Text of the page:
To add to what I consider and absolutely useless debate about genres (Because I feel like it, sue me), Burning_Angel seems to be referring to unadulterated death metal, such as in the old school vein, and honestly I am going to have to disagree greatly with anything he says to defend his points because in my opinion to claim that bands like In Flames were never defined as death metal would be claiming that a band like Death was only Death Metal until they released, let's say, Individual Thought Patterns, or that anything past Elvis is no longer Rock and Roll, even though modern Rock is totally different.

Death metal evolved a lot and developed a lot of sub-genres over the years, it doesn't make it something else suddenly.

As for your music itself it retains to the world of experimental music above all else in my opinion, and always has.

This is a good piece by the way, as everyone said though it's not a fugue, it's not death metal (Although I can see the influence from Tech Death within it), and I shall give you an in detail review upon having more time this weekend.
Thanks for the quick and detailed post in my thread! You're scheduled for much-deserved bumping and critique, so here we go:

Wandering Infinity/Resurfacing: I really like the call-and-response of each phrase acting to support the focal modulation and polytonality of the piece of the piece; the tritone difference bears well, since scalar ideas are symmetrical in the grand scheme of things, and it's clearly the interval of choice for some experimental metal!
The groove in Resurfacing is fantastic - there are some songs by Angra and Symphony which feature these low piano grooves, and they're beyond the heaviness of distorted guitars in some situations.

: The interplay between each guitar is fantastic here, especially since their roles in constructing the counterpoint keep flipping. This is a very interesting musical effect, and coupled with the wide stereo field, really enhances the mood implied by the section title - nice! The transition into a piano-dominant variation is awe-inspiring to say the least, and that Reimmersed's short groove is... *Squeals*. I love it!
Do you plan to use piano when recording this? I'm a little concerned since the tracks are listed as Clean Guitars, and the piano works so well!

Wandering Infinity/Conscious Resurgence: Wandering Infinity is a fantastic reprise of your first theme, expanding on the call-and-response theme with a little more urgency and pacing, though it still feels subdued and functions as an interlude. There's a sense of turbulence, in that a sort of stagnation of progression has occurred, as if we're stuck spinning in some unknown place - please don't take this as an insult, because I think it serves the context of the piece perfectly.
The drums during Conscious Resurgence is the highlight for me in terms of developing the piece further - there's some great independent development, and the phrasing is impeccable, particularly the placement of the ride bell. I've placed rides in similar places before, although usually in the context of ever-changing meters, so I've never heard it in a continuous groove before. That said, this section was a real eye-opener for me in terms of phrasing and creating an emotional impact through a percussion instrument (and believe me, I felt something here).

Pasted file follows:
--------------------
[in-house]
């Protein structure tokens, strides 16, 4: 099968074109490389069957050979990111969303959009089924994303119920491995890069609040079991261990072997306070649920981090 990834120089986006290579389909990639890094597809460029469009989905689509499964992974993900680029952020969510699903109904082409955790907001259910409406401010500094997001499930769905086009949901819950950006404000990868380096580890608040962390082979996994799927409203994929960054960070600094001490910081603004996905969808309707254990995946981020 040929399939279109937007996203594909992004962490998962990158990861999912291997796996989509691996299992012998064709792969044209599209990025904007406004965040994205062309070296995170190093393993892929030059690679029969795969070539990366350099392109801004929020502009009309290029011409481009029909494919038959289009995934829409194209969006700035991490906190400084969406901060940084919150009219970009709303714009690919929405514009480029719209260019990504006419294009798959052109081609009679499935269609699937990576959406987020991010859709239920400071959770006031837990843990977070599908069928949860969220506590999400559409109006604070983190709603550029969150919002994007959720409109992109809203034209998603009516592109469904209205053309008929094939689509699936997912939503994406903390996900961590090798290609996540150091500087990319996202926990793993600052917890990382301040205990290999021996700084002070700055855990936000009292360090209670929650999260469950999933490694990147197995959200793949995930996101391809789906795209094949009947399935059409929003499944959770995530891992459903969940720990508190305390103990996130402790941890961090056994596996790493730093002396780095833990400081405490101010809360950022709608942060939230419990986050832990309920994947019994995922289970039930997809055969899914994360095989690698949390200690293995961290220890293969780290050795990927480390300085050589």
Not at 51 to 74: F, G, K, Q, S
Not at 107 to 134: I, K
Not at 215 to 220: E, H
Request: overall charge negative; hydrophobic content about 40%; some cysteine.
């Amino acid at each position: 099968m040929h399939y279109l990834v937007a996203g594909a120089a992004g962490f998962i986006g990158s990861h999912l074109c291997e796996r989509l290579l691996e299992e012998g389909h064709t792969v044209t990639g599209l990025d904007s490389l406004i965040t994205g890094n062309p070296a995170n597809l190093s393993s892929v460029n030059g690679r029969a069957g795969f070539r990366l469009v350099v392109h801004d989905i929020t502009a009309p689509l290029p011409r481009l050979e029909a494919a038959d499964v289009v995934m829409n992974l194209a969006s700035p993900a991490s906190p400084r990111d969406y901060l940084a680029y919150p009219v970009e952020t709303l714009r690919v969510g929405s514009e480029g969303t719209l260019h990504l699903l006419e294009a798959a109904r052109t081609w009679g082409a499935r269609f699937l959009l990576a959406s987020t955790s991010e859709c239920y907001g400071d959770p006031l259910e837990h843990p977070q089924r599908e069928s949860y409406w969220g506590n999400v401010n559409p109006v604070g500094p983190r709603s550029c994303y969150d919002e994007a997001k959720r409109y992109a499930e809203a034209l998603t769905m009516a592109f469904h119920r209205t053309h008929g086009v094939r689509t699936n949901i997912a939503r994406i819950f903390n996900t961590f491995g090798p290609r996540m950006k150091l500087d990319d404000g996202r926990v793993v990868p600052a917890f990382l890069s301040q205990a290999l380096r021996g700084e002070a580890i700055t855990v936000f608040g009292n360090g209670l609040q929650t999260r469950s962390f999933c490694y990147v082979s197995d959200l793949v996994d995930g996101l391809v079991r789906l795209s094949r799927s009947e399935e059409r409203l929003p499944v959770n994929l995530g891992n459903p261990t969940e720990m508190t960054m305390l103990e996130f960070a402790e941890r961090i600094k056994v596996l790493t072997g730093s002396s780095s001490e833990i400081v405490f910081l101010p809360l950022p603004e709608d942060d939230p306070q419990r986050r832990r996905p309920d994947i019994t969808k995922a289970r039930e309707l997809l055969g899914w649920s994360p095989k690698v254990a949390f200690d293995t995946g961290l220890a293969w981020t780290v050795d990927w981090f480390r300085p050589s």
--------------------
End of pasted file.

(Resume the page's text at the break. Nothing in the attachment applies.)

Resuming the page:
Consciousness - I'm just going to be frank; I can't get over how well-executed these variations are! While the piece may not be classified a fugue in a totally strict sense, there are more-than-obvious characteristics here at least, since a subject is prevalent and undergoing variations and placed in new contexts throughout. I thought the transition into this section was perfect, too.

From here, I haven't got much to say since the themes are variations of what's already been discussed, but I will say two things; the sense of flow, unity and continuity throughout this composition is staggering, and something I'll be referring to when writing my own pieces. At points where instruments drop out (particularly drums and bass exiting at the end), the remaining performing media still maintain momentum, and I'll be absolutely honest in saying that I'm still perplexed by it! It just works so much better than I'd have anticipated, and I'd only noticed the exiting and re-entry of instruments when actively observing the score (most of this was typed while listening a few times).

Regardless of whether this piece is a true fugue or not, I think you've done a fantastic job in not only adapting defining characteristics of the form in a new context, but you've done so effectively, which is pretty-damn innovative if I may say so myself.
I hope this review doesn't give you too much of a big head, but I really did thoroughly enjoy listening to this, and it's something - like I said - I'll be referring to for study and analysis. Great work!

Quote by juckfush
I hope this review doesn't give you too much of a big head, but I really did thoroughly enjoy listening to this, and it's something - like I said - I'll be referring to for study and analysis. Great work!

A bit, but I may have already been there.

Thanks for the crit. I don't know if I'll use piano for these pieces or what, but I feel either could work well.
Last edited by Life Is Brutal at Jul 14, 2011,